The White House released its long-anticipated Federal Data Strategy June 4, with a strong focus on practices that make current agency data more useable and transparent while maintaining security and ethical use of that data.

“Today’s Federal Data Strategy propels us forward to a new era for the way government manages data,” said federal Chief Information Officer Suzette Kent in a statement.

“Unlocking untapped potential within federal data will help grow the economy, increase efficiency in government and better address complex problems using data-driven approaches. To stay competitive globally, it is imperative that we make data more usable and accessible.”

The strategy promotes 10 principles across three categories that “are intended to guide federal and federally sponsored data management activities” in the future: ethical governance, conscious design and learning culture.

In practice, this means that agencies will be asked to undertake 40 actions to build cultures that value data and its public use, protect their data, and promote the efficient and appropriate use of that data within the agency.

“By prioritizing data uses, the federal government can derive more value from otherwise unanticipated or secondary uses of data assets, and more strategically execute data management improvements,” the data strategy memorandum reads.

“The importance of protecting individual privacy is integrated and emphasized throughout the strategy.”

Under the first practice, agencies are asked to consider the current and potential use cases of their data, and how those uses could benefit those the agency serves.

“To derive value from these potential uses, agencies need leadership champions, management buy-in and staff capacity to conduct the data-driven decision-making cycle that prioritizes the informative value of data,” the memo reads.

Agencies have been instructed to:

  1. Identify data needs to answer key agency questions
  2. Assess and balance the needs of stakeholders
  3. Champion data use
  4. Use data to guide decision-making
  5. Prepare to share
  6. Convey insights from data
  7. Use data to increase accountability
  8. Monitor and address public perceptions
  9. Connect data functions across agencies
  10. Provide resources explicitly to leverage data assets

Under the second practice, agencies are required to create a governance structure that ensures their data is properly managed and protected.

“A data governance structure helps agencies use data to answer important questions while meeting legal and ethical requirements essential to maintaining public trust, including protecting privacy and ensuring confidentiality,” the memo reads.

Agencies have the largest number of action items under this practice:

  1. Prioritize data governance
  2. Govern data to protect confidentiality and privacy
  3. Protect data integrity
  4. Convey data authenticity
  5. Assess maturity
  6. Inventory data assets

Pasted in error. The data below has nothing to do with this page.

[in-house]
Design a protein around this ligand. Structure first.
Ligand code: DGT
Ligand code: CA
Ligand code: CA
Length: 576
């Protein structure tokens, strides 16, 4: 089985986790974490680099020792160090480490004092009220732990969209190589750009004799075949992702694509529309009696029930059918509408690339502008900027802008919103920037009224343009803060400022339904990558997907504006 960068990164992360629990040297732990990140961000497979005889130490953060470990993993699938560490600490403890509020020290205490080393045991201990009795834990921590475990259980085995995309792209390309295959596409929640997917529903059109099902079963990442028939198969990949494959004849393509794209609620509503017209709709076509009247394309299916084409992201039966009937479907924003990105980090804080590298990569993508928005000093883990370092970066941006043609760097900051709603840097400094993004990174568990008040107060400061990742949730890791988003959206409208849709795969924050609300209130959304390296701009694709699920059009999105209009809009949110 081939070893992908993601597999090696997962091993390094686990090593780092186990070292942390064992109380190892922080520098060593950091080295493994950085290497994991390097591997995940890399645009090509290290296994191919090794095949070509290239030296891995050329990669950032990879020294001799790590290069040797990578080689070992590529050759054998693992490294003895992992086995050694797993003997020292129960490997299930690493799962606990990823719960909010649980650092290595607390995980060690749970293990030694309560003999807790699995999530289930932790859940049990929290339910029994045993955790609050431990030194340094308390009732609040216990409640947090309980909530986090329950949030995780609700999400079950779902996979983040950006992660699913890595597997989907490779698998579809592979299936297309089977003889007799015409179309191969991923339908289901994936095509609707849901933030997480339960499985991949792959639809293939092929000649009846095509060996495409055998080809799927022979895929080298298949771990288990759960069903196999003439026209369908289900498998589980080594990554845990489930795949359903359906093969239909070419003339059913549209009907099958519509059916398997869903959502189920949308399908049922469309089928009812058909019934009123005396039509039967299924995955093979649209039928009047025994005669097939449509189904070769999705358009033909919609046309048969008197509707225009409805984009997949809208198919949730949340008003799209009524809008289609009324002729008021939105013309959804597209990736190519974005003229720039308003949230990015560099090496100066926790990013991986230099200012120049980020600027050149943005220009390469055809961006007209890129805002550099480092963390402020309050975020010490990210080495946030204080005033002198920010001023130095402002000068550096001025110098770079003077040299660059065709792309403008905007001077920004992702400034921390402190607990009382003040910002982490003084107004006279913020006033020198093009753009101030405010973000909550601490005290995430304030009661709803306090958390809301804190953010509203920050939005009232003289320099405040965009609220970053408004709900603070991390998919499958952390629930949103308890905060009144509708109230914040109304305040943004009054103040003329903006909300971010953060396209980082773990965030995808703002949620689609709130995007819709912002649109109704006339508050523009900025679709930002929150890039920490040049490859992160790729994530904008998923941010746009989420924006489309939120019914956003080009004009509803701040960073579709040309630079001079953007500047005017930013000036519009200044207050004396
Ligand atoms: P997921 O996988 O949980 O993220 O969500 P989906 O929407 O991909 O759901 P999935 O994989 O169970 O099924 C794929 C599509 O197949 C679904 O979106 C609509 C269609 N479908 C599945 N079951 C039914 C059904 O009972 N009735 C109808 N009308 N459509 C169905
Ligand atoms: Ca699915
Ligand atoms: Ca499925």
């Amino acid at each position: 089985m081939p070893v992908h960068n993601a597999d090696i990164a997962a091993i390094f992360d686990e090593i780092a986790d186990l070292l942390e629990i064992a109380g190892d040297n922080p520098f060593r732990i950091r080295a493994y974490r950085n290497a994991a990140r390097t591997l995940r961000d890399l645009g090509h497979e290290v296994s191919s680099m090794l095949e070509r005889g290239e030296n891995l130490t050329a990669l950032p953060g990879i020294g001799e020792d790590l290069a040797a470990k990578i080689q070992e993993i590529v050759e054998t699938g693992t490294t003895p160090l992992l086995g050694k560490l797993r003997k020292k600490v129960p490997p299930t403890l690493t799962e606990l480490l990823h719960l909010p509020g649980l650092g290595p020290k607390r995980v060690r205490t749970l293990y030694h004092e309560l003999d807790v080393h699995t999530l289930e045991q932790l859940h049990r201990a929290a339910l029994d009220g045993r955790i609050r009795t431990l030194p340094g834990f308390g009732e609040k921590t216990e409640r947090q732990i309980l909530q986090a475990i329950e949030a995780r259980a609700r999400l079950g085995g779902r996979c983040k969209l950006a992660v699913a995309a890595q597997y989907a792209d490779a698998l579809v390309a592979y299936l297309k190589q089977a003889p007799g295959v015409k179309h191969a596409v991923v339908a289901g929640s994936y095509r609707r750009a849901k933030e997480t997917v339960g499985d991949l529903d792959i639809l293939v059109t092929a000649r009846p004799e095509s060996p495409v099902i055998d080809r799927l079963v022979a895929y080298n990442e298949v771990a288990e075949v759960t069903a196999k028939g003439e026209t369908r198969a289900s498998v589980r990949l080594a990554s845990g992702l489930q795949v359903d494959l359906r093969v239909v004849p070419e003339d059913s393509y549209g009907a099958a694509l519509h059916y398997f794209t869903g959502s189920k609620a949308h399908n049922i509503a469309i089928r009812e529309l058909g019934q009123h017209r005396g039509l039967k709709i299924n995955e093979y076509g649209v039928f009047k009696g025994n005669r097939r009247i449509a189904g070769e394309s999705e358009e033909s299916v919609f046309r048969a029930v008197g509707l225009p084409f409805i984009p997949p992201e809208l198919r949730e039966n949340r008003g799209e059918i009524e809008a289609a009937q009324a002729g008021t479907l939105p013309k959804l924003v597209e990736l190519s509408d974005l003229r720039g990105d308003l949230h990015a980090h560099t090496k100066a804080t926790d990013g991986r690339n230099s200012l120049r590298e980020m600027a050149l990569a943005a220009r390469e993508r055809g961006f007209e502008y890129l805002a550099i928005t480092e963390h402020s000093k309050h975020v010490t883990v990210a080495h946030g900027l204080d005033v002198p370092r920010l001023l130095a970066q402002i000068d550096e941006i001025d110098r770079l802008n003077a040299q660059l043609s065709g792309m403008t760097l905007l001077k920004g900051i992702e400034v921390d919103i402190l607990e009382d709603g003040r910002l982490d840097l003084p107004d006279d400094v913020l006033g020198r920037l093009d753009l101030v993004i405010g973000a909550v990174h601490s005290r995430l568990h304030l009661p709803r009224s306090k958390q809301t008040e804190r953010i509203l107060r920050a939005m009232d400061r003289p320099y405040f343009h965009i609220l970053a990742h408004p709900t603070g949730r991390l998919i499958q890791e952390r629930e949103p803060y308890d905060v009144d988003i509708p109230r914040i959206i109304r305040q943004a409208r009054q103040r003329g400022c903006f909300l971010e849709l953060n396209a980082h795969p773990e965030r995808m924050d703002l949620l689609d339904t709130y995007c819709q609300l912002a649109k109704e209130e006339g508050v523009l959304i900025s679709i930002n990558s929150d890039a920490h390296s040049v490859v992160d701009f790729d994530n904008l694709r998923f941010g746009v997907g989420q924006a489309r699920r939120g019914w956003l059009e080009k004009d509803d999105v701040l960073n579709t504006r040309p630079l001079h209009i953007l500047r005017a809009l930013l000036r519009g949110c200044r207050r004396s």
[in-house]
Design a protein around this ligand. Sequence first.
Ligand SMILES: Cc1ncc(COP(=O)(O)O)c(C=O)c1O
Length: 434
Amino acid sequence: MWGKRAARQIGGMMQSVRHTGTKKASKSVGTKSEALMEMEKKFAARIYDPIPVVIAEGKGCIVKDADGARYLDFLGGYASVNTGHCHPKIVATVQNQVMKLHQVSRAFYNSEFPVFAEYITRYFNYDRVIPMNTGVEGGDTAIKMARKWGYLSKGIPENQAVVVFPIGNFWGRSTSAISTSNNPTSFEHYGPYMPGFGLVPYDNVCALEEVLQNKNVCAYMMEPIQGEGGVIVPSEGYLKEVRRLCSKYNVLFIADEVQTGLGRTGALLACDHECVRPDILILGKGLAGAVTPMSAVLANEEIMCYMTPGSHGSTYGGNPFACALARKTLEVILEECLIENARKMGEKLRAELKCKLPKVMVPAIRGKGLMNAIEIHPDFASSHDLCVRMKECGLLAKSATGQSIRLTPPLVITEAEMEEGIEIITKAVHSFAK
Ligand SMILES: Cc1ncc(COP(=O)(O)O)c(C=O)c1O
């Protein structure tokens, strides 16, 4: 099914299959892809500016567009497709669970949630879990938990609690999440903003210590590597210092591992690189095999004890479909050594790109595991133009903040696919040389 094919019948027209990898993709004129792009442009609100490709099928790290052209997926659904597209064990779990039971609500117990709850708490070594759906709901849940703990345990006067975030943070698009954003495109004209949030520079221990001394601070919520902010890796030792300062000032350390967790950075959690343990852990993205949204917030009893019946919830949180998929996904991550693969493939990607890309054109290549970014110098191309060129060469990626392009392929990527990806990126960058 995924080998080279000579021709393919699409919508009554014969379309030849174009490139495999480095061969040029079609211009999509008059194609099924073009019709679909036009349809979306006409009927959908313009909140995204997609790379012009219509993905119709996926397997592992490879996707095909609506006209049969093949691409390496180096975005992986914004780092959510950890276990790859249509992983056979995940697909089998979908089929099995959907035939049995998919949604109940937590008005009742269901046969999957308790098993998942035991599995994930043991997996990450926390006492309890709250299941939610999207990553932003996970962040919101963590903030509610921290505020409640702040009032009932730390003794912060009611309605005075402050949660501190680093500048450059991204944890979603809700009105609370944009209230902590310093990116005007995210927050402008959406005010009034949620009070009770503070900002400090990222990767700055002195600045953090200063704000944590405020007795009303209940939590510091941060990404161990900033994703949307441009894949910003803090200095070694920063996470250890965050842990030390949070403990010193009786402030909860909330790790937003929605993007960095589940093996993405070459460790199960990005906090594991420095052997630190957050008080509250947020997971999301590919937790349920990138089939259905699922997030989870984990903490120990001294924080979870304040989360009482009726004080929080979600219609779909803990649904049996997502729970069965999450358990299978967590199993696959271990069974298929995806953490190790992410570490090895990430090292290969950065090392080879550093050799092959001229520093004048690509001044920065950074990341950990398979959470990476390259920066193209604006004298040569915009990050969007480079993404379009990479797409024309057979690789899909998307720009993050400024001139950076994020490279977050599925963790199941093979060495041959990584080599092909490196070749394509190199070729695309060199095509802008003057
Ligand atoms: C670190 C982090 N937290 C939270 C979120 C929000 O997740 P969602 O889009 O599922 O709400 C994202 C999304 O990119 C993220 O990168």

7. Recognize the value of data assets
  8. Manage with a long view
  9. Maintain data documentation
  10. Leverage data standards
  11. Align agreements with data management requirements
  12. Identify opportunities to overcome resource obstacles
  13. Allow amendment
  14. Enhance data preservation
  15. Coordinate federal data assets
  16. Share data between state, local and tribal governments and federal agencies

Under the final practice, agencies will be required to ensure that their data is not only used to beneficial effect, but that those who shouldn’t be using such data are denied access.

“Access to data resources includes practices related to sharing data assets, including open data and tiered access to protected data, disclosure review and interoperability of federal data,” the memo reads.

“Use of data resources includes practices related to data documentation, emerging technologies for protecting confidential data and federal data expertise.”

The work required for promoting the efficient and appropriate use of data often will require collaboration with other agencies and with those outside of government:

  1. Increase capacity for data management and analysis
  2. Align quality with intended use
  3. Design data for use and re-use
  4. Communicate planned and potential uses of data
  5. Explicitly communicate allowable use
  6. Harness safe data linkage
  7. Promote wide access
  8. Diversify data access methods
  9. Review data releases for disclosure risk
  10. Leverage partnerships
  11. Leverage buying power
  12. Leverage collaborative computing platforms
  13. Support federal stakeholders
  14. Support non-federal stakeholders

The strategy also creates a draft one-year action plan to address the goals laid out in the memorandum, wherein designated entities will develop and share governmentwide resources and tools for implementing the Federal Data Strategy, specific agencies will be tasked with improving the management and use of certain data, and agencies will be tasked to work with each other and other stakeholders to determine how they can better make their data serve internal and external needs.

Agency comments on that action plan are due July 5.

Jessie Bur covers federal IT and management.

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